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O14.1 Bacterial Vaginosis-Associated Bacteria (BVAB) and Non-Gonococcal Urethritis (NGU)
  1. L E Manhart1,
  2. C M Khosropour1,
  3. C Liu2,
  4. C W Gillespie3,
  5. K Depner2,
  6. T Fiedler2,
  7. J M Marrazzo1,
  8. D N Fredricks1,2
  1. 1University of Washington, Seattle, WA, United States
  2. 2Fred Hutchinson Cancer Research Center, Seattle, WA, United States
  3. 3Children’s National Medical Center, Washington DC, DC, United States

Abstract

Background Traditional cultivation approaches have not identified additional pathogens responsible for the 45% of non-gonococcal urethritis (NGU) cases with no identified aetiology. Cultivation-independent methods have identified novel bacteria associated with female reproductive tract disease, particularly bacterial vaginosis (BV). We evaluated the association of NGU and 5 newly described BV-associated bacteria (BVAB).

Methods English-speaking, heterosexual men aged 16 years attending the STD clinic in Seattle, WA between May 2007 and July 2011 were eligible if PCR tests for Chlamydia trachomatis, Neisseria gonorrhoeae, Trichomonas vaginalis, Mycoplasma genitalium, and Ureaplasma urealyticum-biovar2 were negative. Cases were men with visible urethral discharge or 5 PMNs/HPF in urethral exudates. Controls were men with no visible urethral discharge and < 5 PMNs/HPF. Urine was tested for Atopobium, BVAB-2, BVAB-3, Megasphaera spp., and Leptotrichia/Sneathia spp. using quantitative taxon-directed PCR.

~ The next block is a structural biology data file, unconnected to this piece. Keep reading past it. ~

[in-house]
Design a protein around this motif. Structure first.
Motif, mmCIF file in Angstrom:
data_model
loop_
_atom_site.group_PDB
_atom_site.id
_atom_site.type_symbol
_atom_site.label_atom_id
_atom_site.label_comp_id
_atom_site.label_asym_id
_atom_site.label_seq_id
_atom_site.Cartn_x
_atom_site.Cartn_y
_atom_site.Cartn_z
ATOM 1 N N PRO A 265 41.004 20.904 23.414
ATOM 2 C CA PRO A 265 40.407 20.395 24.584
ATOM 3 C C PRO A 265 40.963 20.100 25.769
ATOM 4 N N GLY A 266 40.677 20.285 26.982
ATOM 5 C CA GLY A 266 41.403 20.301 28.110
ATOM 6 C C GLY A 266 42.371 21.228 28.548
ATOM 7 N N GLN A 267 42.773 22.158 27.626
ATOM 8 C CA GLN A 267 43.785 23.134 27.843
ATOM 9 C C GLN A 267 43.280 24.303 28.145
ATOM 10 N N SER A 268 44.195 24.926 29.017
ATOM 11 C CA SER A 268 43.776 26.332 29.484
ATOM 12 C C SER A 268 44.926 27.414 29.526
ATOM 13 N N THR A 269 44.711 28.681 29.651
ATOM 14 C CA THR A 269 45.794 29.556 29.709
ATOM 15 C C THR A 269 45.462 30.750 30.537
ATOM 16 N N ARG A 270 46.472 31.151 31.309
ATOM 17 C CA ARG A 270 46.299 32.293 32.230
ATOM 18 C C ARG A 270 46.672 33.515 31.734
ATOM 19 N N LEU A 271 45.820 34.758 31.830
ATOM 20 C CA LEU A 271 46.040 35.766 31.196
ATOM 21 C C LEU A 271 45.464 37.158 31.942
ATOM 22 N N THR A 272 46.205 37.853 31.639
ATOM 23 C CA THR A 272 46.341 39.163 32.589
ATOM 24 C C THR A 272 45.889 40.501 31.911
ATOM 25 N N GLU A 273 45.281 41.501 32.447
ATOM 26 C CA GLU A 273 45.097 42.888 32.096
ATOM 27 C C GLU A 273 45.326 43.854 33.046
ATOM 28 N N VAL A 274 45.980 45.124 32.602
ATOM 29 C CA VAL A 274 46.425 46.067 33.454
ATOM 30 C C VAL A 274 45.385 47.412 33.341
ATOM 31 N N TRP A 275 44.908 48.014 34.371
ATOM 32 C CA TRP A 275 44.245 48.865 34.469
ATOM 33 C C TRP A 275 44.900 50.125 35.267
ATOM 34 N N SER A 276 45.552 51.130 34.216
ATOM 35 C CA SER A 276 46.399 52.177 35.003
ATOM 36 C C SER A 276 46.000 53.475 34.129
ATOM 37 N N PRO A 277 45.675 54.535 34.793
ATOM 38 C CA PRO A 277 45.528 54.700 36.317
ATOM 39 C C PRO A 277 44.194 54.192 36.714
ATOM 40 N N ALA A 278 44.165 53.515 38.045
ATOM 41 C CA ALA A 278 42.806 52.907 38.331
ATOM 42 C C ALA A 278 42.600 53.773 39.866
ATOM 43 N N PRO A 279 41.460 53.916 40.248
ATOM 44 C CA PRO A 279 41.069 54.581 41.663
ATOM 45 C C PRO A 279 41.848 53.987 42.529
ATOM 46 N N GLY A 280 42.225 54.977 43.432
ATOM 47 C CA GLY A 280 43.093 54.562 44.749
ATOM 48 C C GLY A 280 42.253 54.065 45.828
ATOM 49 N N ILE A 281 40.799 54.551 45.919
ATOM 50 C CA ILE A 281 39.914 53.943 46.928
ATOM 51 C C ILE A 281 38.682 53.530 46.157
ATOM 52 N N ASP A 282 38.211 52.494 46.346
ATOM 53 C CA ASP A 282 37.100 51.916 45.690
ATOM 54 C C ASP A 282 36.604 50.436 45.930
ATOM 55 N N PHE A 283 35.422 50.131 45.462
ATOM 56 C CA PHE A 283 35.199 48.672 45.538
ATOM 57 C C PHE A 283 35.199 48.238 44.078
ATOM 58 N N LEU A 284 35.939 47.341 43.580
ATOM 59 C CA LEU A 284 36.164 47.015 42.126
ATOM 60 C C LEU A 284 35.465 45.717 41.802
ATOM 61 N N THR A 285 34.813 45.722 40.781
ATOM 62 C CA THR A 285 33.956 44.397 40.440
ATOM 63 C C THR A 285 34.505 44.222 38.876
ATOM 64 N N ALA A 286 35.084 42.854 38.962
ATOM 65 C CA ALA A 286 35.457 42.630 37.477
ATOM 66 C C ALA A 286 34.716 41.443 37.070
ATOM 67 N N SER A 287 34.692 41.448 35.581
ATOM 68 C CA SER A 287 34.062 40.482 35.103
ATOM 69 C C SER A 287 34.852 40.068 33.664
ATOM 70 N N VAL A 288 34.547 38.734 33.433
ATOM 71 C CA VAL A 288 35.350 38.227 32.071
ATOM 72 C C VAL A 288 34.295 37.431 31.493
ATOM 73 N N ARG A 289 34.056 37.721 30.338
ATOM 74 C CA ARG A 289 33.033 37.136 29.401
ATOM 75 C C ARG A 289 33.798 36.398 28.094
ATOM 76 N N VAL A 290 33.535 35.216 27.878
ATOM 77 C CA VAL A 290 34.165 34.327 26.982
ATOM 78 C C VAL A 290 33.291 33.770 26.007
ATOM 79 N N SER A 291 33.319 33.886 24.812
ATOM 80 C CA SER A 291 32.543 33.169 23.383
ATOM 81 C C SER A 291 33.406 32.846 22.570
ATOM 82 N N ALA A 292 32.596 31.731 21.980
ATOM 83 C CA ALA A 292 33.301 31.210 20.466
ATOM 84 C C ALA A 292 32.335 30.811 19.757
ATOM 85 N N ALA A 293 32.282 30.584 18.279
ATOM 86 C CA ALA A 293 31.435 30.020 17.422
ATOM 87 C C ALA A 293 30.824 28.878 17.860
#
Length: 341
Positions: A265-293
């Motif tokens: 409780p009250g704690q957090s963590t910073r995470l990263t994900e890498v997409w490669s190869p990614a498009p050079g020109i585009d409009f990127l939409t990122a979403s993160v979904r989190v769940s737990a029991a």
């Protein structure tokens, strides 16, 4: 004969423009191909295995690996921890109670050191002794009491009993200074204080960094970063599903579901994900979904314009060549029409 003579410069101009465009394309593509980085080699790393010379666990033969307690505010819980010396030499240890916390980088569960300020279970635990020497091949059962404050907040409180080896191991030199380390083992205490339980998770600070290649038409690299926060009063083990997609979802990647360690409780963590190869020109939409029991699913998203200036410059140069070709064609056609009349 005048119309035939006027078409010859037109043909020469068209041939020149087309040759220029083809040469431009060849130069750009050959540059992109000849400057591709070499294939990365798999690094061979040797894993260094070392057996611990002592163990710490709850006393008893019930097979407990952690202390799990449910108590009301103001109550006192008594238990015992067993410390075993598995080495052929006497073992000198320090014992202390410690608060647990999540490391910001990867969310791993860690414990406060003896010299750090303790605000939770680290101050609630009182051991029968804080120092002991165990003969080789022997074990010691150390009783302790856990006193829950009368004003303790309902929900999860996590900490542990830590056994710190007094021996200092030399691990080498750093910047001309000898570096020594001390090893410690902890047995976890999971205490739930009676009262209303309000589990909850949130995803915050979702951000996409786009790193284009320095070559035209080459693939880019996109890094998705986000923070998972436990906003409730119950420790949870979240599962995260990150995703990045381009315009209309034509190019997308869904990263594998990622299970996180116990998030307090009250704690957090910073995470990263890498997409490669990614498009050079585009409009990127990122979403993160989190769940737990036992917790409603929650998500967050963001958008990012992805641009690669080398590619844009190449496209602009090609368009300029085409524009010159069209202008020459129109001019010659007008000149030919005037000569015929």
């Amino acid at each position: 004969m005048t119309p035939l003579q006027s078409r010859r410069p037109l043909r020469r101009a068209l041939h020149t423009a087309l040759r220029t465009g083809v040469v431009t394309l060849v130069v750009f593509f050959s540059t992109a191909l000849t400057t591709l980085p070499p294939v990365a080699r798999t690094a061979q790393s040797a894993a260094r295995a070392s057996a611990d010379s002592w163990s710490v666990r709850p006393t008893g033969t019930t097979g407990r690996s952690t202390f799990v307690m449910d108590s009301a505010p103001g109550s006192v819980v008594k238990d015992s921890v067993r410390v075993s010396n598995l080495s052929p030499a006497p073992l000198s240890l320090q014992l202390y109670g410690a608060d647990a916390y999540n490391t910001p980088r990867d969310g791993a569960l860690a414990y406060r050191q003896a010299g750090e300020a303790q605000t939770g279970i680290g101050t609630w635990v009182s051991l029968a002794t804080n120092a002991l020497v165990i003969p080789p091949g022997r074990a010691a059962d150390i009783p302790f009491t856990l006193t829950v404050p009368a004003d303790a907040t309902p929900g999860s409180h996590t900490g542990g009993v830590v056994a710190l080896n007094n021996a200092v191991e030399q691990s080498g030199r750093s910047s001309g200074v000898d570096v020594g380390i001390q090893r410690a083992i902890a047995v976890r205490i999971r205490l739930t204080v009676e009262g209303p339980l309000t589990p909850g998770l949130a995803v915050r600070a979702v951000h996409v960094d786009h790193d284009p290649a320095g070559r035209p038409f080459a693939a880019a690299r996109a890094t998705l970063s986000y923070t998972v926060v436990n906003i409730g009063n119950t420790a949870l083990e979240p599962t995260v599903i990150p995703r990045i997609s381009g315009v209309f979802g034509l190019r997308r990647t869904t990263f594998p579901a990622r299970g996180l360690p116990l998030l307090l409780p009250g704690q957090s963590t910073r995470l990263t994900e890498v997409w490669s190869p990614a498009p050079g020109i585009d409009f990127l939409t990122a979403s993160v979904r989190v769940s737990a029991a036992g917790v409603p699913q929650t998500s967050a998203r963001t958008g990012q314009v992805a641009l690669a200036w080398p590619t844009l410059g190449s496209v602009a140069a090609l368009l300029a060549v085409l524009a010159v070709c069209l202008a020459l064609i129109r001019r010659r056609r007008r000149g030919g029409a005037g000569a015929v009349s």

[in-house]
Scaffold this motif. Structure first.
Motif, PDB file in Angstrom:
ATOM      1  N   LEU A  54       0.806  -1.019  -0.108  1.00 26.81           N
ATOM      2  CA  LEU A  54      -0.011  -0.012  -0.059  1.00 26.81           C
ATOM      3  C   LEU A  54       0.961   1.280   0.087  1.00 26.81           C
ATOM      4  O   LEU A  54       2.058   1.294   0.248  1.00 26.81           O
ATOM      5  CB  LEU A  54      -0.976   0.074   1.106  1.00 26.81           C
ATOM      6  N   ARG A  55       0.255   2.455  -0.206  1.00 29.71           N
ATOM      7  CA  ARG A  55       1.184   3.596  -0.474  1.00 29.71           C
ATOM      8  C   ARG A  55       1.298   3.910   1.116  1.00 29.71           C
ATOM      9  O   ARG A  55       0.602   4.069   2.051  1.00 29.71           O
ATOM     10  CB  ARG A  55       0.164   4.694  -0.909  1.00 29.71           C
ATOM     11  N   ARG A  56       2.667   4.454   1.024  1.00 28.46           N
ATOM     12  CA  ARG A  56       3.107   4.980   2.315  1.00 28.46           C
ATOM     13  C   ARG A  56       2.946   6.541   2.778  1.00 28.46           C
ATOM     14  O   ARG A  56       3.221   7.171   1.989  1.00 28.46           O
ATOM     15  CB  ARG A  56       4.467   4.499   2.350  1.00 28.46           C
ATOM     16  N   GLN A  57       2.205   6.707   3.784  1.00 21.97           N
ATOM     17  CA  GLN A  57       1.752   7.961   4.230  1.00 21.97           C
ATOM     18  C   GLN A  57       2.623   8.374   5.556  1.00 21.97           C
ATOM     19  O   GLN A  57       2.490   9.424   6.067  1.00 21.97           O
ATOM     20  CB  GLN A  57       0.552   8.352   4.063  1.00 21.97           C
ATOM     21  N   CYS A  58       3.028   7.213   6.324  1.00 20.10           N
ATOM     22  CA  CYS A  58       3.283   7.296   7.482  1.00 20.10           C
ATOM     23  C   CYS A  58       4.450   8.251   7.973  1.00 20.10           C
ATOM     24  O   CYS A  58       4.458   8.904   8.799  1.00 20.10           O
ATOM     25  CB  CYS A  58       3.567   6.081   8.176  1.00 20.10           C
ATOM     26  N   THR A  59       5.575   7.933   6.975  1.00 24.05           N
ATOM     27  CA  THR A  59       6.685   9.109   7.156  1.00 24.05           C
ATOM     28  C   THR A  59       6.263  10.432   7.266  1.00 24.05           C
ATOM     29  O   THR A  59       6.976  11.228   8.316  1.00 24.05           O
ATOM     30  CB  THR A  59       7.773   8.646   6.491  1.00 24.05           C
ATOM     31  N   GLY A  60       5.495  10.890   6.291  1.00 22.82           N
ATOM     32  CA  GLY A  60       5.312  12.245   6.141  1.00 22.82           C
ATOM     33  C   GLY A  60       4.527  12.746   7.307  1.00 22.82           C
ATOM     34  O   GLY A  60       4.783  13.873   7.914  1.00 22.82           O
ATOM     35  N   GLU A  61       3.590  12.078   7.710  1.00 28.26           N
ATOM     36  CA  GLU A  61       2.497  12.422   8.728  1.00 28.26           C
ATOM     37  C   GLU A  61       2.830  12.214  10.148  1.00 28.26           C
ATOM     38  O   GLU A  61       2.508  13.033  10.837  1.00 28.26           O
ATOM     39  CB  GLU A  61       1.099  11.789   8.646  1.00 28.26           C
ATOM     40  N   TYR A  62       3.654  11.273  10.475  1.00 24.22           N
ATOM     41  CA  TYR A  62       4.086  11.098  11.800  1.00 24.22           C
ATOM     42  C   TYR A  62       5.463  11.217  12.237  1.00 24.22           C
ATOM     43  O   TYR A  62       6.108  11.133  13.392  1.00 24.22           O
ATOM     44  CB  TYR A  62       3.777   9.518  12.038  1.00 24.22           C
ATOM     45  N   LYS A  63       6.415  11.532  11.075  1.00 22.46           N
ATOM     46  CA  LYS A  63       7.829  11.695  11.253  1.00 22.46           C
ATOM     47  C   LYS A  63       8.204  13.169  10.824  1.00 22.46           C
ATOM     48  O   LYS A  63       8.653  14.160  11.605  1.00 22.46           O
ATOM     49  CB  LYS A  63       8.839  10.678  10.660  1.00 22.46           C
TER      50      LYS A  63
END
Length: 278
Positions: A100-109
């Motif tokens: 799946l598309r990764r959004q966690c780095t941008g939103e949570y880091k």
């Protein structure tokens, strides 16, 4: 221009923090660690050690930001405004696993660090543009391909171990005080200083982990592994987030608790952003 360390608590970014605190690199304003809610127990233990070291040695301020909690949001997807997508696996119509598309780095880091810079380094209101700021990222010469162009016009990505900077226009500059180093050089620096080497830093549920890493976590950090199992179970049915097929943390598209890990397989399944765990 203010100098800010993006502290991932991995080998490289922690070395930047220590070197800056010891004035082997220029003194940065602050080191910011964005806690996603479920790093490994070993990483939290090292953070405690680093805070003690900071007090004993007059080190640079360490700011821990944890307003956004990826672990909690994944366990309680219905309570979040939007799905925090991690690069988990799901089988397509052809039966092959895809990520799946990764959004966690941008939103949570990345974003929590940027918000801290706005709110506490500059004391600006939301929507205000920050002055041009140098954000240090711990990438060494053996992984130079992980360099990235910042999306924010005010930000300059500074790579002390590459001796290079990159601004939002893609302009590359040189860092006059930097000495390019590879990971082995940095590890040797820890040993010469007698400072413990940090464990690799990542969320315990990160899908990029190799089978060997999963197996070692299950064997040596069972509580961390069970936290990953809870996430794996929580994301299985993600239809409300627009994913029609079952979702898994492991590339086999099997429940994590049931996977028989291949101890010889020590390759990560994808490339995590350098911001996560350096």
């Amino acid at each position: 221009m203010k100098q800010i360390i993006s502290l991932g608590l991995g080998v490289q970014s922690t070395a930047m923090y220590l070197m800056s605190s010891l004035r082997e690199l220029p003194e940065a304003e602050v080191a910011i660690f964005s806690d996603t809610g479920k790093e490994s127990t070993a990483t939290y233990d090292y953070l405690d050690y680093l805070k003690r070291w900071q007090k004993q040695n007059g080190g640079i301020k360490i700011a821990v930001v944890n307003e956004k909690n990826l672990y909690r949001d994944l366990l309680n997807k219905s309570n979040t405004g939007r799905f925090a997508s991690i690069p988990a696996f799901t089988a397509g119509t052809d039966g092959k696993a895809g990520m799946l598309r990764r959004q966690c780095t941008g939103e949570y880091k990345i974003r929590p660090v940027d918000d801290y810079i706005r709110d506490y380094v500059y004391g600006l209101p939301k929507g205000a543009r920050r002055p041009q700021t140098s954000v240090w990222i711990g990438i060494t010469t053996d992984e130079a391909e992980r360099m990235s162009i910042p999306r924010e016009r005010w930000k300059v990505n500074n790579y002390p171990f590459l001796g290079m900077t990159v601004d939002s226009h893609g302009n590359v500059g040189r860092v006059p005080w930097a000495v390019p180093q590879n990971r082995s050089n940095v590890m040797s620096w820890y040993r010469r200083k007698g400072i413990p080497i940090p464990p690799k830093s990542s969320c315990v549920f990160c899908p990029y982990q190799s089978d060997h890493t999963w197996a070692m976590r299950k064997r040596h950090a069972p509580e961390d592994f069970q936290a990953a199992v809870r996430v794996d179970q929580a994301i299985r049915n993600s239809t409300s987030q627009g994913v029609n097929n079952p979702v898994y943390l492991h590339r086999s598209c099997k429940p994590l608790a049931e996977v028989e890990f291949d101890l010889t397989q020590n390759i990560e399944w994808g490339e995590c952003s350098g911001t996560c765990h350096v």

Results Cases (n = 157) and controls (n = 191) were similar with respect to age, education, and income. Mean age was 34.7 (SD ±9.9) and most were white. Leptotrichia/Sneathia was significantly associated with NGU (25/157 (15.3%) vs. 6/102 (5.9%), p = 0.03) and BVAB-2 was detected more often in cases than controls (7/157 (4.5%) vs. 1/102 (1.0%), p = 0.15). BVAB-3 (n = 2) and Megasphaera (n = 1) were uncommon, but only detected in men with NGU. In contrast, Atopobium was not associated with NGU (8.3% vs. 7.8%, p = 1.0). Quantity of bacteria did not differ between cases and controls for any of the 5 candidate pathogens. Among treated cases, doxycycline was somewhat more effective than azithromycin for clinical cure of men with Leptotrichia/Sneathia(9/10 (90%) vs. 7/12 (58%), p = 0.16), and BVAB-2 (3/3 (100%) vs. 0/3 (0%), p = 0.10).

Conclusion Leptotrichia/Sneathia was significantly associated with NGU. BVAB-2, BVAB-3, and Megasphaera were less commonly detected, but most often identified in men with NGU and rarely or never in men without NGU. Doxycycline may be more effective against these newly identified bacteria than azithromycin.

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